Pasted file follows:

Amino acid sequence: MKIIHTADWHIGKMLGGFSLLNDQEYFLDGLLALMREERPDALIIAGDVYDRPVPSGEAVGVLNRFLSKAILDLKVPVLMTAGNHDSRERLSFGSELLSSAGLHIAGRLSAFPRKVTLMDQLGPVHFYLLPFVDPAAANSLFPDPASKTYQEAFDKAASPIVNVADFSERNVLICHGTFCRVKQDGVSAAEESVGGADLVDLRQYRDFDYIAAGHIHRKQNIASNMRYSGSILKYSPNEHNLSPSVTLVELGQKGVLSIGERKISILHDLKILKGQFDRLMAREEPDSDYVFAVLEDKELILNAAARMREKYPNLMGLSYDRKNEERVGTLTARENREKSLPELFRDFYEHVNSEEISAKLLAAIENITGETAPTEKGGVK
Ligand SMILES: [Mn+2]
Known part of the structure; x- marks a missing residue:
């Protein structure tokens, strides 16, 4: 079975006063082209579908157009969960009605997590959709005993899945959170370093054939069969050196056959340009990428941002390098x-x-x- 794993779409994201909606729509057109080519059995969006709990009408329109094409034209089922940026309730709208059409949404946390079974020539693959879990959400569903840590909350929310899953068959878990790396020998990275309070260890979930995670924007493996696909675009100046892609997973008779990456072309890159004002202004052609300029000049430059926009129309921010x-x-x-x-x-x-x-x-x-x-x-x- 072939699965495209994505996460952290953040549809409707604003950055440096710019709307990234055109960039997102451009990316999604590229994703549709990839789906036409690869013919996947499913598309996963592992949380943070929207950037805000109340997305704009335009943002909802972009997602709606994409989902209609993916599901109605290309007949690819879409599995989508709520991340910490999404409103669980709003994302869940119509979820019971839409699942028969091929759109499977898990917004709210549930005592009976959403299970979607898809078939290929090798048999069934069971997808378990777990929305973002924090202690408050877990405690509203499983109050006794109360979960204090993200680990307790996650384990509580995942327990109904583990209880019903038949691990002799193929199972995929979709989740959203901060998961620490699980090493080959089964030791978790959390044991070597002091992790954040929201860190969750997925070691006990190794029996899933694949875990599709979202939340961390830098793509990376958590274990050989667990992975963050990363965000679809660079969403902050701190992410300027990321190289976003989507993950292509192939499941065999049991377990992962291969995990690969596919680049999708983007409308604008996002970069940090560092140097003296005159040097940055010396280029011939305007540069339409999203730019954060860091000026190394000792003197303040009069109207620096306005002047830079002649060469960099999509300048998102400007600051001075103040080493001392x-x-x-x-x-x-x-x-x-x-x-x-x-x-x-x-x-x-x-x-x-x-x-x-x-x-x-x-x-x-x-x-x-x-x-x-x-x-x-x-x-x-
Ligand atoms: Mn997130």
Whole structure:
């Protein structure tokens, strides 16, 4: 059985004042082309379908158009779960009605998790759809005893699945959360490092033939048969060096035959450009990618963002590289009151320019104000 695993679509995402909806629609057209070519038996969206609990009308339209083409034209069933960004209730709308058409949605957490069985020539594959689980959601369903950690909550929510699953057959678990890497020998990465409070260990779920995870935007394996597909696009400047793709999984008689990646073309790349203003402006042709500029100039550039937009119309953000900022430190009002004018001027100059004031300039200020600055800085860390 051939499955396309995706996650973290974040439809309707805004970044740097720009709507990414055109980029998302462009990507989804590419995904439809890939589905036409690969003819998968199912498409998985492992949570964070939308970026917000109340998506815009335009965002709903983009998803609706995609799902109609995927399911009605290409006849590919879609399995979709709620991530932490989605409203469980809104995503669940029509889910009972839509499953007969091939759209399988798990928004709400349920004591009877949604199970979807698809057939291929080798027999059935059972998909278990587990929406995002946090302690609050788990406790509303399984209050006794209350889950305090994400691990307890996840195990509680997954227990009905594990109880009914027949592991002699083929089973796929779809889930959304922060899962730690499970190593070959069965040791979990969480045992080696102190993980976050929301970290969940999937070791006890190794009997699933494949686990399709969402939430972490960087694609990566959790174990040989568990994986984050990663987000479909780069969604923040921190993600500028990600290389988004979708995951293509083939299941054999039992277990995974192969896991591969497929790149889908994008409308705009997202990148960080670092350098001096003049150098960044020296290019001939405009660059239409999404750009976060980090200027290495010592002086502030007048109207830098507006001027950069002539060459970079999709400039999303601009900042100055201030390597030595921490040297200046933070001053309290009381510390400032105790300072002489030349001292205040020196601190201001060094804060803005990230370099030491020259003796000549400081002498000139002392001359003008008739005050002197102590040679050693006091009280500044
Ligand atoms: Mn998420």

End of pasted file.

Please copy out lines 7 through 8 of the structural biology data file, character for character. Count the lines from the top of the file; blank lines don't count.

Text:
């Protein structure tokens, strides 16, 4: 059985004042082309379908158009779960009605998790759809005893699945959360490092033939048969060096035959450009990618963002590289009151320019104000 695993679509995402909806629609057209070519038996969206609990009308339209083409034209069933960004209730709308058409949605957490069985020539594959689980959601369903950690909550929510699953057959678990890497020998990465409070260990779920995870935007394996597909696009400047793709999984008689990646073309790349203003402006042709500029100039550039937009119309953000900022430190009002004018001027100059004031300039200020600055800085860390 051939499955396309995706996650973290974040439809309707805004970044740097720009709507990414055109980029998302462009990507989804590419995904439809890939589905036409690969003819998968199912498409998985492992949570964070939308970026917000109340998506815009335009965002709903983009998803609706995609799902109609995927399911009605290409006849590919879609399995979709709620991530932490989605409203469980809104995503669940029509889910009972839509499953007969091939759209399988798990928004709400349920004591009877949604199970979807698809057939291929080798027999059935059972998909278990587990929406995002946090302690609050788990406790509303399984209050006794209350889950305090994400691990307890996840195990509680997954227990009905594990109880009914027949592991002699083929089973796929779809889930959304922060899962730690499970190593070959069965040791979990969480045992080696102190993980976050929301970290969940999937070791006890190794009997699933494949686990399709969402939430972490960087694609990566959790174990040989568990994986984050990663987000479909780069969604923040921190993600500028990600290389988004979708995951293509083939299941054999039992277990995974192969896991591969497929790149889908994008409308705009997202990148960080670092350098001096003049150098960044020296290019001939405009660059239409999404750009976060980090200027290495010592002086502030007048109207830098507006001027950069002539060459970079999709400039999303601009900042100055201030390597030595921490040297200046933070001053309290009381510390400032105790300072002489030349001292205040020196601190201001060094804060803005990230370099030491020259003796000549400081002498000139002392001359003008008739005050002197102590040679050693006091009280500044
Ligand atoms: Mn998420």